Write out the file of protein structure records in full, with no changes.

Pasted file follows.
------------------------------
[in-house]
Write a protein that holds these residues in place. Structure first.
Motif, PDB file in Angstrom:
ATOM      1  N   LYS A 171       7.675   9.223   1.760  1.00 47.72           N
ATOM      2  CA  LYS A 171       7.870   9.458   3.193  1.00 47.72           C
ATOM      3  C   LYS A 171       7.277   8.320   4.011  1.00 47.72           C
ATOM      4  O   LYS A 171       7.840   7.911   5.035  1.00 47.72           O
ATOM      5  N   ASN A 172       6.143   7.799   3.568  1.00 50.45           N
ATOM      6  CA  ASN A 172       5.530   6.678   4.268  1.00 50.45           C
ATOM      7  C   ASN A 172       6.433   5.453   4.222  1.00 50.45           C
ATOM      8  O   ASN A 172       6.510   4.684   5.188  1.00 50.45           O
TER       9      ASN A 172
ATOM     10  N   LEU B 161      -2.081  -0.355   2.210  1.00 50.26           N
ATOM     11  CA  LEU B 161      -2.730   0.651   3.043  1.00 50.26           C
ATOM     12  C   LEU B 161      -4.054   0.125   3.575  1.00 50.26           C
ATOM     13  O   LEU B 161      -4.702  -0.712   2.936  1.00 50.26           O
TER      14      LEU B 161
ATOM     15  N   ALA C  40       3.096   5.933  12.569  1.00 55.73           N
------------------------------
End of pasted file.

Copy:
[in-house]
Write a protein that holds these residues in place. Structure first.
Motif, PDB file in Angstrom:
ATOM      1  N   LYS A 171       7.675   9.223   1.760  1.00 47.72           N
ATOM      2  CA  LYS A 171       7.870   9.458   3.193  1.00 47.72           C
ATOM      3  C   LYS A 171       7.277   8.320   4.011  1.00 47.72           C
ATOM      4  O   LYS A 171       7.840   7.911   5.035  1.00 47.72           O
ATOM      5  N   ASN A 172       6.143   7.799   3.568  1.00 50.45           N
ATOM      6  CA  ASN A 172       5.530   6.678   4.268  1.00 50.45           C
ATOM      7  C   ASN A 172       6.433   5.453   4.222  1.00 50.45           C
ATOM      8  O   ASN A 172       6.510   4.684   5.188  1.00 50.45           O
TER       9      ASN A 172
ATOM     10  N   LEU B 161      -2.081  -0.355   2.210  1.00 50.26           N
ATOM     11  CA  LEU B 161      -2.730   0.651   3.043  1.00 50.26           C
ATOM     12  C   LEU B 161      -4.054   0.125   3.575  1.00 50.26           C
ATOM     13  O   LEU B 161      -4.702  -0.712   2.936  1.00 50.26           O
TER      14      LEU B 161
ATOM     15  N   ALA C  40       3.096   5.933  12.569  1.00 55.73           N